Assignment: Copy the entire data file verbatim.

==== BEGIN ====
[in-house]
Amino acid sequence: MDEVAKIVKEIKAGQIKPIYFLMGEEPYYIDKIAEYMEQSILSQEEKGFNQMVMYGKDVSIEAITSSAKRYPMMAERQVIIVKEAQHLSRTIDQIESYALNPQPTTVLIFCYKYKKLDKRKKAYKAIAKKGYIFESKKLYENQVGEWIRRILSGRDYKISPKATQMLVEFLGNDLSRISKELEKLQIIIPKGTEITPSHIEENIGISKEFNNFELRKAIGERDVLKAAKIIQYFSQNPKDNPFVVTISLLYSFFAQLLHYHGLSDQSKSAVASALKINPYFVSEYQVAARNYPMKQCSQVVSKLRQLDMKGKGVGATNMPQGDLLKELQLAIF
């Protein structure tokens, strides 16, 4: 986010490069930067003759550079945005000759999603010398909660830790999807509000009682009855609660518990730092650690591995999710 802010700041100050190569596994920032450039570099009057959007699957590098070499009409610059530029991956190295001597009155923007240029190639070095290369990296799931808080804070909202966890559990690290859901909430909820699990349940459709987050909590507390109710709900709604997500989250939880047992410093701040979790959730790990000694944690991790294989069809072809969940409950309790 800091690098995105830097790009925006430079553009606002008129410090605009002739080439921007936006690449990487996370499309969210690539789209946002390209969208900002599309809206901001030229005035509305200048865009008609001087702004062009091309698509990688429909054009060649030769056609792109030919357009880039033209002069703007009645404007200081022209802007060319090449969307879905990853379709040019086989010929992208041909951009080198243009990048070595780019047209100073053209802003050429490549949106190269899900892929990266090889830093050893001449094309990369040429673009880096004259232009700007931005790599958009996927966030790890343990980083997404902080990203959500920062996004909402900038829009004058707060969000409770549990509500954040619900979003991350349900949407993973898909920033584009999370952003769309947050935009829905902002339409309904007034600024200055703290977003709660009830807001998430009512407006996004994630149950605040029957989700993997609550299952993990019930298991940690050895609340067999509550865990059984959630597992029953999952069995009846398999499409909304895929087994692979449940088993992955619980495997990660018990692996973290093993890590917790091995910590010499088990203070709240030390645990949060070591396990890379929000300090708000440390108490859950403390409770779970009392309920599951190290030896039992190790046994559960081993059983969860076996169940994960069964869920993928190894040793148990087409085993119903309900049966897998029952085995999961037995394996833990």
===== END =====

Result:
[in-house]
Amino acid sequence: MDEVAKIVKEIKAGQIKPIYFLMGEEPYYIDKIAEYMEQSILSQEEKGFNQMVMYGKDVSIEAITSSAKRYPMMAERQVIIVKEAQHLSRTIDQIESYALNPQPTTVLIFCYKYKKLDKRKKAYKAIAKKGYIFESKKLYENQVGEWIRRILSGRDYKISPKATQMLVEFLGNDLSRISKELEKLQIIIPKGTEITPSHIEENIGISKEFNNFELRKAIGERDVLKAAKIIQYFSQNPKDNPFVVTISLLYSFFAQLLHYHGLSDQSKSAVASALKINPYFVSEYQVAARNYPMKQCSQVVSKLRQLDMKGKGVGATNMPQGDLLKELQLAIF
């Protein structure tokens, strides 16, 4: 986010490069930067003759550079945005000759999603010398909660830790999807509000009682009855609660518990730092650690591995999710 802010700041100050190569596994920032450039570099009057959007699957590098070499009409610059530029991956190295001597009155923007240029190639070095290369990296799931808080804070909202966890559990690290859901909430909820699990349940459709987050909590507390109710709900709604997500989250939880047992410093701040979790959730790990000694944690991790294989069809072809969940409950309790 800091690098995105830097790009925006430079553009606002008129410090605009002739080439921007936006690449990487996370499309969210690539789209946002390209969208900002599309809206901001030229005035509305200048865009008609001087702004062009091309698509990688429909054009060649030769056609792109030919357009880039033209002069703007009645404007200081022209802007060319090449969307879905990853379709040019086989010929992208041909951009080198243009990048070595780019047209100073053209802003050429490549949106190269899900892929990266090889830093050893001449094309990369040429673009880096004259232009700007931005790599958009996927966030790890343990980083997404902080990203959500920062996004909402900038829009004058707060969000409770549990509500954040619900979003991350349900949407993973898909920033584009999370952003769309947050935009829905902002339409309904007034600024200055703290977003709660009830807001998430009512407006996004994630149950605040029957989700993997609550299952993990019930298991940690050895609340067999509550865990059984959630597992029953999952069995009846398999499409909304895929087994692979449940088993992955619980495997990660018990692996973290093993890590917790091995910590010499088990203070709240030390645990949060070591396990890379929000300090708000440390108490859950403390409770779970009392309920599951190290030896039992190790046994559960081993059983969860076996169940994960069964869920993928190894040793148990087409085993119903309900049966897998029952085995999961037995394996833990």